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NIGERIA: Consolidation by Elimination

The suspension, last week, of the Central Bank of Nigeria Governor, Sanusi Lamido Sanusi, by President Goodluck Jonathan presents the picture of a president on a mission to consolidate on his re-election bid by eliminating perceived enemies. Ojo M. Maduekwe writes
 
With the sacking of the Governor of the Central Bank of Nigeria, Sanusi Lamido Sanusi, laced under the guise of suspension, it is obvious that President Goodluck Jonathan has no patience for any roadblock towards his second term ambition. Sanusi had until June to leave office, but the president couldn’t wait four months. The more he waited the more damage Sanusi would have done to his presidency with the allegation of missing $20billion Nigeria National Petroleum Corporation (NNPC) revenue.
 
 
It all started in the last quarter of 2013, September to be précised. In an unsigned letter dated September 25, 2013 and addressed to President Jonathan, Sanusi made some startling revelations that the NNPC did not remit $49.8 billion to the federation account, which was the proceed from crude oil sales between January 2012 and July 2013. The money was supposed to be 76 per cent of the value of crude oil lifting within the timeframe, put at $65.3 billion. According to Sanusi, the NNPC had only remitted $15.5 billion, which is 24 per cent of the total value of $65.3bn.
 
Though the NNPC refuted the allegation and said Sanusi misunderstood the workings for remitting crude oil sales revenue into the federation account, as being practiced by the oil and gas industry, the Sanusi disclosure elicited reactions from many quarters. Sanusi would later prove to be inconsistent with the figures, and recanted his initial calculations, bringing the figure down to $12 million. Even so, this was as well refuted by the Minister of Finance, Ngozi Okonjo-Iweala. Before he was suspended, Sanusi had again alleged that NNPC owed the country $20 billion unremitted funds.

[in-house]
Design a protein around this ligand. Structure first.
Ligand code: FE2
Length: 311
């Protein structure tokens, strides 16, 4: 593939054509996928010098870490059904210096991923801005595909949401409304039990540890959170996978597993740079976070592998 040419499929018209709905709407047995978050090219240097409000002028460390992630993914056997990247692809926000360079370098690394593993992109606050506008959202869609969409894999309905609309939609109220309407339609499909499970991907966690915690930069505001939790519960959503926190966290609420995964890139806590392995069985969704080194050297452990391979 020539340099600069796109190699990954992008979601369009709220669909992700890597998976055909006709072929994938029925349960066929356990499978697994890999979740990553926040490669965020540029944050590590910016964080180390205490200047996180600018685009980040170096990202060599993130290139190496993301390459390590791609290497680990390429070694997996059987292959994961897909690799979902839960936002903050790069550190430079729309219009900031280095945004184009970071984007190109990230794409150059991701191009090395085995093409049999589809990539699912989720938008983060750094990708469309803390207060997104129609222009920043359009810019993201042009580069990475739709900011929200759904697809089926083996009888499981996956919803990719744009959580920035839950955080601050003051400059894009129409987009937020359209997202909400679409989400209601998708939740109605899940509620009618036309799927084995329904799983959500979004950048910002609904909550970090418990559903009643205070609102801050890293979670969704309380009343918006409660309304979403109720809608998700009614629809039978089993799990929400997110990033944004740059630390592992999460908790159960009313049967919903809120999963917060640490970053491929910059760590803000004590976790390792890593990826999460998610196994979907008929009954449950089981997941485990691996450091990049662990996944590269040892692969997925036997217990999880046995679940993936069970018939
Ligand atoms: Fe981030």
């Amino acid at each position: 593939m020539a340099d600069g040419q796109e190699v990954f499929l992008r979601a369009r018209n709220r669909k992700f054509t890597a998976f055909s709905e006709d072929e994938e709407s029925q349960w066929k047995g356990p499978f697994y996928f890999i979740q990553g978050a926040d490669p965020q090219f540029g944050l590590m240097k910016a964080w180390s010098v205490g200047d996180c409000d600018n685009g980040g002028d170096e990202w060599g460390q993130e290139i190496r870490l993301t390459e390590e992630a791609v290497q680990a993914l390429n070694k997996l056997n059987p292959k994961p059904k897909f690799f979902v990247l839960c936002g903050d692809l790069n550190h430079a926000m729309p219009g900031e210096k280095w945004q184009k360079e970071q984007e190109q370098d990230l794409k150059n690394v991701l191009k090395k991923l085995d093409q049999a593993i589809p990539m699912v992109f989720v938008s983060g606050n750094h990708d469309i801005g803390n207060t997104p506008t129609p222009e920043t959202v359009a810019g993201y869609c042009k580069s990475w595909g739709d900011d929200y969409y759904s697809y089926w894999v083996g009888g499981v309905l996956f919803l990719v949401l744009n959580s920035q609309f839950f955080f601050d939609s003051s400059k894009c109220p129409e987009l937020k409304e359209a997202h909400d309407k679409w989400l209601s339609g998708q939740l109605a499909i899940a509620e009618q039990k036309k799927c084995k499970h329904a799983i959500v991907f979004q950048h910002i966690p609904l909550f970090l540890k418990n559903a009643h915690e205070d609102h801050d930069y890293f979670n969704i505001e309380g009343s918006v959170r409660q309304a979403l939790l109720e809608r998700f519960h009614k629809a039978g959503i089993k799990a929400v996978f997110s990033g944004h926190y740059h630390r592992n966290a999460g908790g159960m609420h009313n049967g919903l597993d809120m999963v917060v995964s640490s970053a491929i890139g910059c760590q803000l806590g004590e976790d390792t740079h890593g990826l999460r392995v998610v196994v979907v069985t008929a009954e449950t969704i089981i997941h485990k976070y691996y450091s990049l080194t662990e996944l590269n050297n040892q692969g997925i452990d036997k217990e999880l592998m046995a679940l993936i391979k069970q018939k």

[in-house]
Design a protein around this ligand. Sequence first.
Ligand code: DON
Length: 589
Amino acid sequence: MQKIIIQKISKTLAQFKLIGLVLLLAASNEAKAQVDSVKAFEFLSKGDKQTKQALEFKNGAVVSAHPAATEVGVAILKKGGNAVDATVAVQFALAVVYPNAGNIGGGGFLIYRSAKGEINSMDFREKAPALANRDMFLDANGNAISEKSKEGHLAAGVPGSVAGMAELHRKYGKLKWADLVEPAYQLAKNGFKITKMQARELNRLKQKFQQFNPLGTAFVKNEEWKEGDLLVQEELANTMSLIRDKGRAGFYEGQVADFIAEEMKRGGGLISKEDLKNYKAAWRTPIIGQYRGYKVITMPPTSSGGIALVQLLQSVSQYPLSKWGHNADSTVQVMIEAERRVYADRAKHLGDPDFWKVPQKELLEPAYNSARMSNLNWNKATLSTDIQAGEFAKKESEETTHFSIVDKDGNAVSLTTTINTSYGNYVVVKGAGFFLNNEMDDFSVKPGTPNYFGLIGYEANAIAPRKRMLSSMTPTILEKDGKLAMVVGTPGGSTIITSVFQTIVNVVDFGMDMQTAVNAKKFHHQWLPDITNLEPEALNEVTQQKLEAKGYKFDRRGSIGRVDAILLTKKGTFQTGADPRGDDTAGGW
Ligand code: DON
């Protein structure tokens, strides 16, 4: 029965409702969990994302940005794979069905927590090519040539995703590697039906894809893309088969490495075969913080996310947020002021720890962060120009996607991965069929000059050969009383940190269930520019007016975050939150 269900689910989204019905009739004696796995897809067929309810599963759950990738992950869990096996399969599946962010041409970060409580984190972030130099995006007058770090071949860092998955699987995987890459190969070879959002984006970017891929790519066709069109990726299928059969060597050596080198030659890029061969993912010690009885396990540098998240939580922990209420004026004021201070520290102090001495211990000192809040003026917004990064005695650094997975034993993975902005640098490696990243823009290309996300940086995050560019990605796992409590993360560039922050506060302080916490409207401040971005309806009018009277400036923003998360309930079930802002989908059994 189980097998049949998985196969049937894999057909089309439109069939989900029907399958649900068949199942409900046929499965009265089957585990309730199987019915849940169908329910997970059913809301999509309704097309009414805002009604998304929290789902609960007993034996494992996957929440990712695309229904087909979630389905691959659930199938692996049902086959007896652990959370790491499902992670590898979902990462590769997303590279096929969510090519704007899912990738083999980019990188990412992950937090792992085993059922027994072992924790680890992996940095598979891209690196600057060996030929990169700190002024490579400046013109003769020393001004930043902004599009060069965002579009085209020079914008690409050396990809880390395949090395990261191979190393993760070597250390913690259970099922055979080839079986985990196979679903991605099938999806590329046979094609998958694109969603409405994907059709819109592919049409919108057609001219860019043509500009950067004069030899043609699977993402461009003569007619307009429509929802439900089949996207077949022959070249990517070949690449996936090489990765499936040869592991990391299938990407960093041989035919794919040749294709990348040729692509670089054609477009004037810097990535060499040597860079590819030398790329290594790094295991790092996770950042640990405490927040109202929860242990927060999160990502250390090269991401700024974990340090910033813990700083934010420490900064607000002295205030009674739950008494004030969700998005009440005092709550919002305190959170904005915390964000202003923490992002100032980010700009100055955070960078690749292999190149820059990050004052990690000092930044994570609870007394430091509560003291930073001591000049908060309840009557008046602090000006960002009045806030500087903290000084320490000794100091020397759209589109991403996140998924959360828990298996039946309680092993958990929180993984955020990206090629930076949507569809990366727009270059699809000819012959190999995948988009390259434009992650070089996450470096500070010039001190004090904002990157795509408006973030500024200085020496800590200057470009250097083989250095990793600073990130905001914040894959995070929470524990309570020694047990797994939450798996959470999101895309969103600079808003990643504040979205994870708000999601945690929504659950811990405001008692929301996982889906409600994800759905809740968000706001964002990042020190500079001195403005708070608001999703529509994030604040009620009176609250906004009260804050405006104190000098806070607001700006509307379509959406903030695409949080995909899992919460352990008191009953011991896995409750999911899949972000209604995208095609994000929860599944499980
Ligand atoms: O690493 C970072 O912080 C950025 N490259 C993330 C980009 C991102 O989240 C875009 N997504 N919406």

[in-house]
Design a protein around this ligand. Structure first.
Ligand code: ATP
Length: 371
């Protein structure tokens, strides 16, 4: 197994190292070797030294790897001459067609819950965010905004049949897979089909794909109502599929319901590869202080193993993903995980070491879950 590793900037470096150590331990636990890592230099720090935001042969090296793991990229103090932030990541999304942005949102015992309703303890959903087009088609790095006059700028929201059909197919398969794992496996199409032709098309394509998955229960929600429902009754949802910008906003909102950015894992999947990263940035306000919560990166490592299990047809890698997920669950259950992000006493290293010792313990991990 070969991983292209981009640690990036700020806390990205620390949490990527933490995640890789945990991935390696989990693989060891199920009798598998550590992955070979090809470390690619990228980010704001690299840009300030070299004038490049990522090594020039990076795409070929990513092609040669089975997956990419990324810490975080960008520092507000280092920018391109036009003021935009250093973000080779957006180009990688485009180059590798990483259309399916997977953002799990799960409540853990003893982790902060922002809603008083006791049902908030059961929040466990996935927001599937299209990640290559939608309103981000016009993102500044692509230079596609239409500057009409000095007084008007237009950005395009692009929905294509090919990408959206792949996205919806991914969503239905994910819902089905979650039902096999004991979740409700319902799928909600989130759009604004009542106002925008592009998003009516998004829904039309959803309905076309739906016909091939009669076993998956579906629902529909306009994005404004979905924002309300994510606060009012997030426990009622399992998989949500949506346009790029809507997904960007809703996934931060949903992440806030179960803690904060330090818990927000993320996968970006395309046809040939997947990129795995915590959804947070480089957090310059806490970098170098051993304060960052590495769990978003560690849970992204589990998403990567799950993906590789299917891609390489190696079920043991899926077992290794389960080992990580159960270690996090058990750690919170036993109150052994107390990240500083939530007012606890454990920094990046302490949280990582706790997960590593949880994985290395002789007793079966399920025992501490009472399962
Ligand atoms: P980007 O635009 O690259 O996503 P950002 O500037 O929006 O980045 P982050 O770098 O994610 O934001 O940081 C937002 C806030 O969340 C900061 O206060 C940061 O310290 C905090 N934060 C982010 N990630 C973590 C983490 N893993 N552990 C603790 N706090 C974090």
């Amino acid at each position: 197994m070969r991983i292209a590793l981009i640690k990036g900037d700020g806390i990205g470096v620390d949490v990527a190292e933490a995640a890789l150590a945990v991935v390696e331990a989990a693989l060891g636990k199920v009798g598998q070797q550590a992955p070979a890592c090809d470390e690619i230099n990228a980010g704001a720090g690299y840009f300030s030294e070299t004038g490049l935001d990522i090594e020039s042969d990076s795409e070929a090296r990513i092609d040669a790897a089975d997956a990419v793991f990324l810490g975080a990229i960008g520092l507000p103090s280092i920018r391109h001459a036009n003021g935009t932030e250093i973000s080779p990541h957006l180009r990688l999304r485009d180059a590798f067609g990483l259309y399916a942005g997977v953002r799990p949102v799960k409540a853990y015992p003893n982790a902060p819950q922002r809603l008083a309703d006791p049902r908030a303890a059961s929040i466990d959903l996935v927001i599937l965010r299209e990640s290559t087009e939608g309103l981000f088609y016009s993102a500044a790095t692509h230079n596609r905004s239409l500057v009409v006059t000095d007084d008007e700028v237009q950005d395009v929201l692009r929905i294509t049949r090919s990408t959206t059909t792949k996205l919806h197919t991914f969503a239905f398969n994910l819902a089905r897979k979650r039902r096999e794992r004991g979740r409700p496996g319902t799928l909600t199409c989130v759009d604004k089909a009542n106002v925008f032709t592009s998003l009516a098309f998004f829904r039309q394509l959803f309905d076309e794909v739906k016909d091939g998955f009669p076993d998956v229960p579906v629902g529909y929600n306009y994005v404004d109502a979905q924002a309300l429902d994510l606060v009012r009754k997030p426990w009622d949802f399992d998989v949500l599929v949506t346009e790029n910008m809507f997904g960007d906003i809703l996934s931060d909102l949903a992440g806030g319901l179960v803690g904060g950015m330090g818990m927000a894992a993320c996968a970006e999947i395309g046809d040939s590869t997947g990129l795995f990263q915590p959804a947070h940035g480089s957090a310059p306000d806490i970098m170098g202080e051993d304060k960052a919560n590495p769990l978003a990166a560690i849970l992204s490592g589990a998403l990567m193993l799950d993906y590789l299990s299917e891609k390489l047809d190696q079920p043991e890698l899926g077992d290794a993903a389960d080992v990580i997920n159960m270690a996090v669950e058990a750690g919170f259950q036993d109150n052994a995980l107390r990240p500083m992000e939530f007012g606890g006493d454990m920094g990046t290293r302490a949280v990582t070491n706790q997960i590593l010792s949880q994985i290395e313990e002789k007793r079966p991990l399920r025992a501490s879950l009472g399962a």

Sanusi’s initial allegation was contained in a letter to the president, which was leaked to the press. This happened at the same period the presidency was being confronted with accusations by the Speaker of the House of Representatives, Aminu Tambuwal, that the president’s body language was encouraging corruption and former President Olusegun Obasanjo, who had written an 18-page letter to the president, which was also leaked. Like Sanusi, Obasanjo also accused the president of leading the country to the precipice.
 
 
There’s the belief that the president had reasons to worry. Notwithstanding the genuine alarm raised over official corruption, circumstances surrounding his allegation had made the presidency and many Nigerians to consider Sanusi as an extension of the opposition All Progressives Congress (APC) and those who were opposed to the president’s second term ambition.
 
It didn’t help Sanusi’s matter that on hearing of his suspension in Niger Republic, the person reported to have been at the airport to welcome him upon arrival into the country was a member of the APC and former Minister of the FCT, Mallam Nasir El-Rufai. This has made some to question the motive behind Sanusi’s outspokenness of the Jonathan administration.
 
The presidency was said to have viewed the alarm raised by Sanusi regarding the rot in the nation’s oil powerhouse as not coming from someone genuinely interested in the wellbeing of the country but from someone being sponsored by the opposition, particularly the APC to bring down the government.
 
 
In many quarters, Sanusi, for being openly critical of the government was seen to have abandoned his primary duties as an economist and become a politician. Experts believed the person of a CBN governor all over the world is someone who does not side any political party.
 
 
More so, he is considered the hand behind the curtain; no one sees him but everyone feels the effectiveness of his policies through a flourishing economy. In many instances, Sanusi was said to have been more heard and seen than most politicians.
 
Sanusi was considered as an alternate government who queried others but couldn’t be queried. He once bragged, and rightly so, that the president could not remove him as the CBN governor unless by a two-third majority of the Senate praying that he be so removed, as contained in Section 11 (f) of the Act. The CBN Act 2007 does not provide for suspension of the governor either.
 
President Jonathan, seeing that Sanusi wouldn’t resign, had gone ahead to suspend him based on allegation of financial recklessness from a report of the Financial Reporting Council. From the FRC report that indicted him, Sanusi is being accused of not applying the same standards in the management of public funds, which he held others accountable to during his sweeping reform that saw eight bank heads removed and others still battling in court.